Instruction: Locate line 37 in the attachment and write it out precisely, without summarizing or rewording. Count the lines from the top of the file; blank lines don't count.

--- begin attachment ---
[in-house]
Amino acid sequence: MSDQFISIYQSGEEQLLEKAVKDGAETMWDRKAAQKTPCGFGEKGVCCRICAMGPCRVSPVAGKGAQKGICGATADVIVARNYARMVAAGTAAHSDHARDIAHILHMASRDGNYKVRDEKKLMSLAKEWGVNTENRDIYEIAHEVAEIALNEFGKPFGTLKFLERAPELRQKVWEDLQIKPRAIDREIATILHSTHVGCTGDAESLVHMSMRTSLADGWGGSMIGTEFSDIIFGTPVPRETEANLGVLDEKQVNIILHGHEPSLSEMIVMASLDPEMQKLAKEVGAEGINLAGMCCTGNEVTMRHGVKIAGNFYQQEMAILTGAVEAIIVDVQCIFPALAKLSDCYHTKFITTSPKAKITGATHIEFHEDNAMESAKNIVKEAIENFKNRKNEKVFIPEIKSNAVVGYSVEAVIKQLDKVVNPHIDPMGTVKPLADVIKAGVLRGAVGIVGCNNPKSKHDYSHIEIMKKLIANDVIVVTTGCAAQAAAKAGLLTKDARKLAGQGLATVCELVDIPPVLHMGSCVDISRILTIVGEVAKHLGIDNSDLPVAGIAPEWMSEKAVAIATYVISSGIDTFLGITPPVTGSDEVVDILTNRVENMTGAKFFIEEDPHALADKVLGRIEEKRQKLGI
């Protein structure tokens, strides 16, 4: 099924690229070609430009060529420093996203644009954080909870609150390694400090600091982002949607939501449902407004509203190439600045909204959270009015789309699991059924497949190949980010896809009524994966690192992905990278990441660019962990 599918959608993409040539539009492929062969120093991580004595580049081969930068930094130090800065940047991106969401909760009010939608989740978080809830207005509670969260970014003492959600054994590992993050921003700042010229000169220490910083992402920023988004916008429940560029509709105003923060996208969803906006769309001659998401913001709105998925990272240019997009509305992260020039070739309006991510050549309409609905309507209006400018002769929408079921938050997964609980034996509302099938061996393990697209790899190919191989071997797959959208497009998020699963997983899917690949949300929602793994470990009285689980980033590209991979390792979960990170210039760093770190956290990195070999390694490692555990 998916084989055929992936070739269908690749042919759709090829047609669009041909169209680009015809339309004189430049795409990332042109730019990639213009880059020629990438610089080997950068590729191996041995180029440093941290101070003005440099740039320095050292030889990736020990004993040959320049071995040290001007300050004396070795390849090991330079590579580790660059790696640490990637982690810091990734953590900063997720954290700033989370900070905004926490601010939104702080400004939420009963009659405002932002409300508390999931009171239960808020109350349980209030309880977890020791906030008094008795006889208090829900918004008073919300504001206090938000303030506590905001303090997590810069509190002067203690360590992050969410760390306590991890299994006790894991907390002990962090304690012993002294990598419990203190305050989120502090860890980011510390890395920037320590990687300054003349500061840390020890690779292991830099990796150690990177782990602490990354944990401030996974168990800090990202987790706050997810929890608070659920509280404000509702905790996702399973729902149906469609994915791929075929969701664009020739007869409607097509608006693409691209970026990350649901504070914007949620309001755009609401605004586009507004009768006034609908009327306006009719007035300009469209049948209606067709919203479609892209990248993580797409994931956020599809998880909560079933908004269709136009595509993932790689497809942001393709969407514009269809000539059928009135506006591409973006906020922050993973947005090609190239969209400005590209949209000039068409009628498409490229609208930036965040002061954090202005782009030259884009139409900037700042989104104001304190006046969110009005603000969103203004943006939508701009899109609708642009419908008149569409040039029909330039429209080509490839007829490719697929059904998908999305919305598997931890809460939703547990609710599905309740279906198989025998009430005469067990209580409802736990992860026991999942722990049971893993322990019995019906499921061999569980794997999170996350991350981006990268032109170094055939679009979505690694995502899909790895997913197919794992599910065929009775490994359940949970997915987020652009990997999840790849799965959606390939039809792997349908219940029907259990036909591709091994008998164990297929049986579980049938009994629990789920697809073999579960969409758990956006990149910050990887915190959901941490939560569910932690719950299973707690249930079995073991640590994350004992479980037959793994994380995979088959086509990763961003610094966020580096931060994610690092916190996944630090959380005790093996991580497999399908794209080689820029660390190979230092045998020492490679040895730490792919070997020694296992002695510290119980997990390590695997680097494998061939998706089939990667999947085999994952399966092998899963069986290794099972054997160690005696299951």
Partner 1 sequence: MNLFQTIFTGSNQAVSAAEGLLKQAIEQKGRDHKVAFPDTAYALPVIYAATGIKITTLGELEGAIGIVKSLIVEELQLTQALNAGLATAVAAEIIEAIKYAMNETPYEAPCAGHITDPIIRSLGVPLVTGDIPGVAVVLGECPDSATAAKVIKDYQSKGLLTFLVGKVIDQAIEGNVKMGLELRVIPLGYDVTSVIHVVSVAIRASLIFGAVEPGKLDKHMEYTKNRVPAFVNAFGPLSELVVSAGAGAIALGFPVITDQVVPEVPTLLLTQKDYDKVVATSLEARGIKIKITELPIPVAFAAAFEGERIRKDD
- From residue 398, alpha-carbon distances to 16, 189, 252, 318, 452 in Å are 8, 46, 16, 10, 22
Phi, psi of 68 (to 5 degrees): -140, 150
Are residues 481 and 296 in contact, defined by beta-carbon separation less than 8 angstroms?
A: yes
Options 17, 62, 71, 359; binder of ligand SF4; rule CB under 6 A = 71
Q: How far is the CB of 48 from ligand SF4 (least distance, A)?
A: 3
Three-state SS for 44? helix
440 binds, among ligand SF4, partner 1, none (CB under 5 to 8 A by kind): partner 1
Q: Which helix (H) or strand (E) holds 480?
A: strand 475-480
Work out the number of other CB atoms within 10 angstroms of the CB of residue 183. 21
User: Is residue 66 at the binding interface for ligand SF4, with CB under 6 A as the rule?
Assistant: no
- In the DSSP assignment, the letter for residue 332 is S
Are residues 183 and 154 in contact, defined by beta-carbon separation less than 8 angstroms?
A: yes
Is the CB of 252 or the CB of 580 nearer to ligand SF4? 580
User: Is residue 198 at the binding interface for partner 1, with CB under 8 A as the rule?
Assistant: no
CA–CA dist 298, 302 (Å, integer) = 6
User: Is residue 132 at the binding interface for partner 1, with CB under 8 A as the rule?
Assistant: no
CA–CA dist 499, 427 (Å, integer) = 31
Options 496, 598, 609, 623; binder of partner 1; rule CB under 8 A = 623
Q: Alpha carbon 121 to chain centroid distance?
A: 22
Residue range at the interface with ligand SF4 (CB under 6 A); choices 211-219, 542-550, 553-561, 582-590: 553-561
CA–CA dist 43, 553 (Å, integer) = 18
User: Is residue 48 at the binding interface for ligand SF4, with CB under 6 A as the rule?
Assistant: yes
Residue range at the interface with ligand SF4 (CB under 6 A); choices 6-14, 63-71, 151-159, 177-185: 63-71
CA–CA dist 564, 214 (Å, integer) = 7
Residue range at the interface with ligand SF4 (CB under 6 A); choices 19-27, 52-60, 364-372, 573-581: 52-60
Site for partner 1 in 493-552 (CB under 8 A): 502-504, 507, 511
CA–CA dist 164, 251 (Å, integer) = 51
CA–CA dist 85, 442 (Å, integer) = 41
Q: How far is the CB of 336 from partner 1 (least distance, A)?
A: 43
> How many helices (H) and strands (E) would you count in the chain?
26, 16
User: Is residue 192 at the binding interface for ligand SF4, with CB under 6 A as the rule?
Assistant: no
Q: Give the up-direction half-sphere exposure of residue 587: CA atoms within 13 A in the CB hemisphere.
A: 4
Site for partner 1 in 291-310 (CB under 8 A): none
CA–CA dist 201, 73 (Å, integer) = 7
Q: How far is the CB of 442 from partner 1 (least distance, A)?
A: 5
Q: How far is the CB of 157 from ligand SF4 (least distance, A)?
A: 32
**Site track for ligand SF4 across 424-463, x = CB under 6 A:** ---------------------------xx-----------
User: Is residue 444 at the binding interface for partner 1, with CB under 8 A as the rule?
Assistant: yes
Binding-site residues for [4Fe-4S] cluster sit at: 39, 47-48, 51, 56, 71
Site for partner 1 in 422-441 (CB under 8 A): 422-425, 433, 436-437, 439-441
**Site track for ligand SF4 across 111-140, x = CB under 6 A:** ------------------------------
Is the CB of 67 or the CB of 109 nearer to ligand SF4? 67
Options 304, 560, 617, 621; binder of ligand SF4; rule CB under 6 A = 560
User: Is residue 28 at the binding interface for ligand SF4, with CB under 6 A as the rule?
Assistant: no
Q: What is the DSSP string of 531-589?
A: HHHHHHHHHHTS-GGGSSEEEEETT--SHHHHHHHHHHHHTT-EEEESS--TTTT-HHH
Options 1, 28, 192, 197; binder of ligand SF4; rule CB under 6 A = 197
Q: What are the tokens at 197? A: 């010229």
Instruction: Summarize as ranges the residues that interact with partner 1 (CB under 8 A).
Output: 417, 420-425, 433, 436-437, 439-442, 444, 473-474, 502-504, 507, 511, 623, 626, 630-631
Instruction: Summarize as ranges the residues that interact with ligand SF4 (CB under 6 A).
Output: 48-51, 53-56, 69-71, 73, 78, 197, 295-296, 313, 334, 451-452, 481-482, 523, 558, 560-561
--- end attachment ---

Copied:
CA–CA dist 564, 214 (Å, integer) = 7